By Jocelyn M. DeGroot
You're ready to extend your sympathy to a friend or family member. Here is a primer to navigate common pitfalls and avoid awkward conversations that can potentially hurt your relationship.
Don’t assume someone else is supporting them.
Because of the bystander effect, we often presume others are taking care of the griever, so we sit back without offering support. But grievers notice those who are absent in times of need. It’s not uncommon for them to report surprise in the aftermath of a loss: friends they hadn’t spoken to in years appeared at the funeral or sent heartfelt messages, while those they perceived as close were missing.
Do reach out to someone who has experienced loss, regardless of the closeness of your relationship. A kind word, handwritten card or even a social media post—if you can’t get their mailing address—is all that’s necessary.
Don’t make it about you
Don’t bring up your own experiences with personal loss, at least not right away. You might think you’re being empathetic, but it can come across as disregarding the other’s loss or one-upping their grief. Right now, it’s all about the person you’re trying to comfort. A friend reminded me of the time after her father died and a co-worker compared it to the recent death of her own dog. My friend resented having to feign sympathy for a dog on the same level that she expected it for the loss of a parent.
Do acknowledge the other person’s loss, and give them space to talk about their loved one. Everyone experiences loss in an individual way, and it’s important to respect the person who is grieving in this regard.
Don’t expect the bereaved to follow the 5 Stages of Grief
The well-trodden Kubler-Ross model places the stages of grief into five neat and clean boxes: denial, anger, bargaining, depression, and acceptance. (There's also a book on the sixth stage, Finding Meaning.) However, the grieving process is more accurately described as feelings of shock and numbness, yearning and searching, disorganization and despair, and reorganization and recovery. It's important to note that grief is not linear, nor are the phases mutually exclusive. Each phase blends into the next. A grieving person might experience several phases at one time, or they might oscillate between different phases.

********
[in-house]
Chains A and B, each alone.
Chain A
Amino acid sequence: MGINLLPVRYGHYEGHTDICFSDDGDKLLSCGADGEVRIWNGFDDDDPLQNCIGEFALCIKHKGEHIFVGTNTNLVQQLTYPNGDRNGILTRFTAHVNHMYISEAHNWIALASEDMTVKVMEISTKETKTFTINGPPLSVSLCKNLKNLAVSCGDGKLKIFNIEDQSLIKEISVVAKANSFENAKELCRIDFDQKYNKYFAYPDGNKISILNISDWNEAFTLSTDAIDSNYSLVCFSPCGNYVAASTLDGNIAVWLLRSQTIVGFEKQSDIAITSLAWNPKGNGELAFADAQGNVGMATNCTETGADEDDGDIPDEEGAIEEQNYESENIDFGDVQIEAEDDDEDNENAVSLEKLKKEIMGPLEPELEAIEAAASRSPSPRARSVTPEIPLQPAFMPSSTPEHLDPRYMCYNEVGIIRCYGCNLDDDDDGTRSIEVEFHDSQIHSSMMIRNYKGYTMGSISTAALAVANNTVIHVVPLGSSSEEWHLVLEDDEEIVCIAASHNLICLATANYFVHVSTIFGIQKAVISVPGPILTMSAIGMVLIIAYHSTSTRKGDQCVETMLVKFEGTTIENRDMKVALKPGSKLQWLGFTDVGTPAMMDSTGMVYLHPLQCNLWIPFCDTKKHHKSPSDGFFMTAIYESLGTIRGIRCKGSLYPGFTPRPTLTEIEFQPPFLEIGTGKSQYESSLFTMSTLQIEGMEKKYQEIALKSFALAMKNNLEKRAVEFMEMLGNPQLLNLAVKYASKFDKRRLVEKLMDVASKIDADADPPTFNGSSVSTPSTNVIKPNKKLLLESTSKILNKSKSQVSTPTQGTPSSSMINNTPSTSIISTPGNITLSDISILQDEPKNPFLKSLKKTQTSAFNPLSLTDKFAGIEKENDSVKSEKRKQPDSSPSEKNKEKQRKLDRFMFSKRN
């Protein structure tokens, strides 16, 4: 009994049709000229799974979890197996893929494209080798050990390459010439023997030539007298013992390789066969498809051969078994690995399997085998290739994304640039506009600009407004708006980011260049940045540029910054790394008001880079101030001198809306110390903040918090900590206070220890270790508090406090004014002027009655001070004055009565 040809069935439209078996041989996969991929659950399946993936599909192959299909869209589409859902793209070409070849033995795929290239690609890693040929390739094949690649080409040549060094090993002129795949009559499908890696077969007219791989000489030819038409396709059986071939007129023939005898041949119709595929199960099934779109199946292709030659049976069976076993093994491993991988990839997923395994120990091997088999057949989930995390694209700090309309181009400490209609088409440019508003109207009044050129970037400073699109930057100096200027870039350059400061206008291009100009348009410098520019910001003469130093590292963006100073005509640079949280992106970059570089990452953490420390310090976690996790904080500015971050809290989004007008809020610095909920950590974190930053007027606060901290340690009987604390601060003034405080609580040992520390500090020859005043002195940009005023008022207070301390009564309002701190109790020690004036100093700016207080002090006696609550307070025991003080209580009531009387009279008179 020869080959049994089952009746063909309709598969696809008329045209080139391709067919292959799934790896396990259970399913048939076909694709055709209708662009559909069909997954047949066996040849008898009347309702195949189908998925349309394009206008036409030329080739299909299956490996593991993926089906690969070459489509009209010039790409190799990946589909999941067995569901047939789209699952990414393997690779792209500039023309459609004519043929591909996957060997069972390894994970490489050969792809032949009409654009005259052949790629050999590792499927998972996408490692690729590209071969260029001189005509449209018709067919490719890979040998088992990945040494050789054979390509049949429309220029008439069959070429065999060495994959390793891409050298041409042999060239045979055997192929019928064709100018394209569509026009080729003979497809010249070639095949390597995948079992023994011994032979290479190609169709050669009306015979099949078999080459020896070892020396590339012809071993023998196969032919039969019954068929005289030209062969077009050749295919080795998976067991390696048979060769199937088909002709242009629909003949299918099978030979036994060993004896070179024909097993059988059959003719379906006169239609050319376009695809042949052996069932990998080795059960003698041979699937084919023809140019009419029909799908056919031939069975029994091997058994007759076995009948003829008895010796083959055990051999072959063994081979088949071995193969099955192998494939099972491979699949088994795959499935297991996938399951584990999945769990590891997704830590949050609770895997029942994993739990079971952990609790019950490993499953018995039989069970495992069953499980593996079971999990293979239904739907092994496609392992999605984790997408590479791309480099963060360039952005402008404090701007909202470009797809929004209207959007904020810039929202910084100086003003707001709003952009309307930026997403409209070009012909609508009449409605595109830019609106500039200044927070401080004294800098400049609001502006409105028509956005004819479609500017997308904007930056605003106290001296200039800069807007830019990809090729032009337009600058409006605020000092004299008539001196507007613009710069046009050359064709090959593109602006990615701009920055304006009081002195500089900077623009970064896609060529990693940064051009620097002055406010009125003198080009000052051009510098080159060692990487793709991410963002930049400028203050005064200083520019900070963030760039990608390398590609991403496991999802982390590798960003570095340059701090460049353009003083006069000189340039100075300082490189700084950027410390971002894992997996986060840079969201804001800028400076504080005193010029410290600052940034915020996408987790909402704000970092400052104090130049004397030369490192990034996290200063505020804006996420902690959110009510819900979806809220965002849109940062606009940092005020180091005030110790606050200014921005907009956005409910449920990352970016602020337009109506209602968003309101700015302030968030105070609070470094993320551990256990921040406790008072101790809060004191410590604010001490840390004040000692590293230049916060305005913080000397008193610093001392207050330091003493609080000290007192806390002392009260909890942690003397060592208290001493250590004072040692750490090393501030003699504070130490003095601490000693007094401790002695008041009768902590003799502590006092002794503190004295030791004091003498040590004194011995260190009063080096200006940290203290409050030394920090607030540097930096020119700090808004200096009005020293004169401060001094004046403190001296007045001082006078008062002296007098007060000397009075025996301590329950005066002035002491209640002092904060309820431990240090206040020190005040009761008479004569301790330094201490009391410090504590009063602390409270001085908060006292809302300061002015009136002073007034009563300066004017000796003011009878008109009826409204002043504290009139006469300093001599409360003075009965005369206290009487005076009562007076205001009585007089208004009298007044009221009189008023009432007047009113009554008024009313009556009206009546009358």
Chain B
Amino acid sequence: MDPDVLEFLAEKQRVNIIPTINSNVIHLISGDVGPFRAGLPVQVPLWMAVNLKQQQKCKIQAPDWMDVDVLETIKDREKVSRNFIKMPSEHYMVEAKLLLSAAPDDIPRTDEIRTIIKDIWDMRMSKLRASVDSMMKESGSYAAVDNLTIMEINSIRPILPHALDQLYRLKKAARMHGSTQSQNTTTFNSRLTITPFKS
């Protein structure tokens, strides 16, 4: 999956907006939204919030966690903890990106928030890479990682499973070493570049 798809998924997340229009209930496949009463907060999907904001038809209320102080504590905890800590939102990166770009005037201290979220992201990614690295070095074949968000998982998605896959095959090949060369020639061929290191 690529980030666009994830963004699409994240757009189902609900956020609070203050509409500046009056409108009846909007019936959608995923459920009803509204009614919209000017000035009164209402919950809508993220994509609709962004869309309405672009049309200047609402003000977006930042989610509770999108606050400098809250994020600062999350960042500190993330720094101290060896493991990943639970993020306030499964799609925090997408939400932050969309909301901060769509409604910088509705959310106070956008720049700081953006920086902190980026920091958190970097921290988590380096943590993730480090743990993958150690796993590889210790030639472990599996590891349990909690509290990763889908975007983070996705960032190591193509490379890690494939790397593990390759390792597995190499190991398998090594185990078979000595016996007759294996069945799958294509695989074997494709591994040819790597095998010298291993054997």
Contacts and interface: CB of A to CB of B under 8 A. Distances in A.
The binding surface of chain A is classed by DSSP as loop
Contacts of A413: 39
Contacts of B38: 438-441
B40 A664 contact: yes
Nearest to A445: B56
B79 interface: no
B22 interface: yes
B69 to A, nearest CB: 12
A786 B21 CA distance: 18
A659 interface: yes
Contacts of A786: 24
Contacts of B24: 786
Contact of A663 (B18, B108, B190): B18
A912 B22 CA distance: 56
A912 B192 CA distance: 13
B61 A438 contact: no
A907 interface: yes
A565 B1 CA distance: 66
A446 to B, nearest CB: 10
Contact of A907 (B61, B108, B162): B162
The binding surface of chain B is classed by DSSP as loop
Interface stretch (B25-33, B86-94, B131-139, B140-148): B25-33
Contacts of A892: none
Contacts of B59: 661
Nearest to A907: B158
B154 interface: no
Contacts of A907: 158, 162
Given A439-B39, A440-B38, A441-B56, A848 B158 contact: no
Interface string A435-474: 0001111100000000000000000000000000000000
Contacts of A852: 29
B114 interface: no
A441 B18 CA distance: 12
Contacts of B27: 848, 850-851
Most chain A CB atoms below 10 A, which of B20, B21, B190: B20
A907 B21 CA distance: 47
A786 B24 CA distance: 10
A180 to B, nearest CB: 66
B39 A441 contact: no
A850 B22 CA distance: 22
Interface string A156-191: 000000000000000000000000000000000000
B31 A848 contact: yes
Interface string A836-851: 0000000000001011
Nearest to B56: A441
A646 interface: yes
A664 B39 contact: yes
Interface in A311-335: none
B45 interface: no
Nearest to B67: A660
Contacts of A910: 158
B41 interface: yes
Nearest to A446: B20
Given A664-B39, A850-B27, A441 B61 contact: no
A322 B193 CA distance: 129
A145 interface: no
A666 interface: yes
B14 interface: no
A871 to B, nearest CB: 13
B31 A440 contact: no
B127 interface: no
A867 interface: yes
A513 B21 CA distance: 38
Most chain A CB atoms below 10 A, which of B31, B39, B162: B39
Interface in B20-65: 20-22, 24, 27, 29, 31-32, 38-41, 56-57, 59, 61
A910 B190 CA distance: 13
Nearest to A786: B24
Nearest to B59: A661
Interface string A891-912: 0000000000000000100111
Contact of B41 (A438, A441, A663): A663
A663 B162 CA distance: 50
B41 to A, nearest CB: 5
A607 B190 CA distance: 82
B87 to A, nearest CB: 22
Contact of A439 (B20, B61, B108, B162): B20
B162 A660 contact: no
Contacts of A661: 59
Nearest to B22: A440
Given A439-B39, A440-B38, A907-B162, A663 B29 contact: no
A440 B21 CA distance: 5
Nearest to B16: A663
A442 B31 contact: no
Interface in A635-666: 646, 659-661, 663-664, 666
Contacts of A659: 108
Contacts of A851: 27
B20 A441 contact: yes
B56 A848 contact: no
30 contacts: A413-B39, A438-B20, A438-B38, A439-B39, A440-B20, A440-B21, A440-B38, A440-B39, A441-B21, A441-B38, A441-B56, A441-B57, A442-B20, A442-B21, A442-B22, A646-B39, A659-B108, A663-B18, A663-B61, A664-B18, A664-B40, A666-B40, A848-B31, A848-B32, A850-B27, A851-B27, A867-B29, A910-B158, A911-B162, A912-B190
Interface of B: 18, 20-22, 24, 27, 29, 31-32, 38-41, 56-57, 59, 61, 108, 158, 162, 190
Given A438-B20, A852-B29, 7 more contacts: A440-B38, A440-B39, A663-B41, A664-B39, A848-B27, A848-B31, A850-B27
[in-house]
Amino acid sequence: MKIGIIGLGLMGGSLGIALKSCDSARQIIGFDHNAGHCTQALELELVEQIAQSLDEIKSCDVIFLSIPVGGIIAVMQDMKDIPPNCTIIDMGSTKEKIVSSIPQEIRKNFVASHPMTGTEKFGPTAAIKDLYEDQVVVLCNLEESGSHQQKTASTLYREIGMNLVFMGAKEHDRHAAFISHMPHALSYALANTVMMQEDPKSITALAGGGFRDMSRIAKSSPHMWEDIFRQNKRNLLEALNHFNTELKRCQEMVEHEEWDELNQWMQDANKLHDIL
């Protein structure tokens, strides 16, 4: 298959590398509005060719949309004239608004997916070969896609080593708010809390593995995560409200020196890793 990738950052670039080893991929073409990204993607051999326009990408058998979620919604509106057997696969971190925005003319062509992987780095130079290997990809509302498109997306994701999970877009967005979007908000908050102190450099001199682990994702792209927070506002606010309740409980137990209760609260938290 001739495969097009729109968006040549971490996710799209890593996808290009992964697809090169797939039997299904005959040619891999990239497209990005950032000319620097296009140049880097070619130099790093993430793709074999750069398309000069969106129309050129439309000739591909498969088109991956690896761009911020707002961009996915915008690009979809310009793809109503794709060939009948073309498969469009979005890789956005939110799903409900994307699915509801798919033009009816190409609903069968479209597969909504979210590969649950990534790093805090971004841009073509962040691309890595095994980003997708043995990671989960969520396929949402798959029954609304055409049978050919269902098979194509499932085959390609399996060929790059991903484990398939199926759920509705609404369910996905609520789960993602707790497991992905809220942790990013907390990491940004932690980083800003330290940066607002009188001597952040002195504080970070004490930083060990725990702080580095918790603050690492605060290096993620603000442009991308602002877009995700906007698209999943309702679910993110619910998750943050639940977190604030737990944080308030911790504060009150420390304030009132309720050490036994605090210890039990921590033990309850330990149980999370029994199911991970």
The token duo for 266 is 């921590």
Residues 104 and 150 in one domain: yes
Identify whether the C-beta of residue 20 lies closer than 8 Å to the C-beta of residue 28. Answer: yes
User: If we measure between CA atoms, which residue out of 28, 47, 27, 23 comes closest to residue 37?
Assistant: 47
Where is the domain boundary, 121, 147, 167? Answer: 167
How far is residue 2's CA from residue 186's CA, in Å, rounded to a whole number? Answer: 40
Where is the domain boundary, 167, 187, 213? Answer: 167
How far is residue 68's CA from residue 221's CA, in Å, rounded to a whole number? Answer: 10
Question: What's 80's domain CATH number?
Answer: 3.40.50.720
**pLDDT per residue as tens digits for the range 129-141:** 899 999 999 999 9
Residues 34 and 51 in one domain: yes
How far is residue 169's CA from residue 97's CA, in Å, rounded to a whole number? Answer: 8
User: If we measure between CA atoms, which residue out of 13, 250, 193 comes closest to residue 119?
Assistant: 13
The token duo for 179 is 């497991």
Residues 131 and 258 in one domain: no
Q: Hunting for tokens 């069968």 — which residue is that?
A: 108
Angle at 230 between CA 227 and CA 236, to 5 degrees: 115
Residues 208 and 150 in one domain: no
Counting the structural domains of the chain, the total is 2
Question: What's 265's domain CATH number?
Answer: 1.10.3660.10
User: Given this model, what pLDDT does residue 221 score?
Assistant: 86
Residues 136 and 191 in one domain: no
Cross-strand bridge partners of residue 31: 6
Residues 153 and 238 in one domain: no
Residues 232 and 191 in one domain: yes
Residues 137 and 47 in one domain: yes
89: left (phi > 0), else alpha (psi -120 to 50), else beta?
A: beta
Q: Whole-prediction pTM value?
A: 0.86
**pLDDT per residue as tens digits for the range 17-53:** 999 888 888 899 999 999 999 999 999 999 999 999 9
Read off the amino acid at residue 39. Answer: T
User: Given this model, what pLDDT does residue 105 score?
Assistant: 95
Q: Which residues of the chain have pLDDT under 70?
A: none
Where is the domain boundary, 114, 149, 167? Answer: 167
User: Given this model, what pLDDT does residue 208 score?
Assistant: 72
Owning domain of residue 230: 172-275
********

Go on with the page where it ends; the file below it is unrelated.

Do allow people to grieve in their own way. There is no prescribed path.
Don’t ignore the loss
The death happened. You don’t have to worry about inadvertently reminding your friend of the death because odds are they’re already thinking of their loved one. If they aren’t, they’ll be happy to know someone else is thinking about them.
Do talk about the person who died. People like to talk about good memories of their friends and family. Sharing a positive story about a loved one is some of the best comfort you can offer. Even better, if the story can make the bereaved laugh.
Don’t assume grief has an expiration date
Grief is messy and can affect the duration of one’s life. Pangs of grief are often triggered by events or places. That’s why the holidays or birthdays can be particularly difficult for bereaved people even years after the death. Further, after the first month or two following the death, support tends to wane as people get back to their lives.
Do maintain communication with your friend or family member. Offer sympathy and an ear during unexpected bursts of grief. (You never know when an old picture or favorite coffee order will act as a trigger). And remember the deceased at birthdays and holidays. A phone call, message, or card to the family is a good way to let them know that you still think of their loved one.
If you do break a rule, don’t despair. It’s better to do or say something awkwardly with good intentions than to say nothing at all. Any effort, even if misguided, is better than no effort at all.
Dr. DeGroot is a professor of applied communication studies at Southern Illinois University Edwardsville. She works with Wishbar to craft grief messages.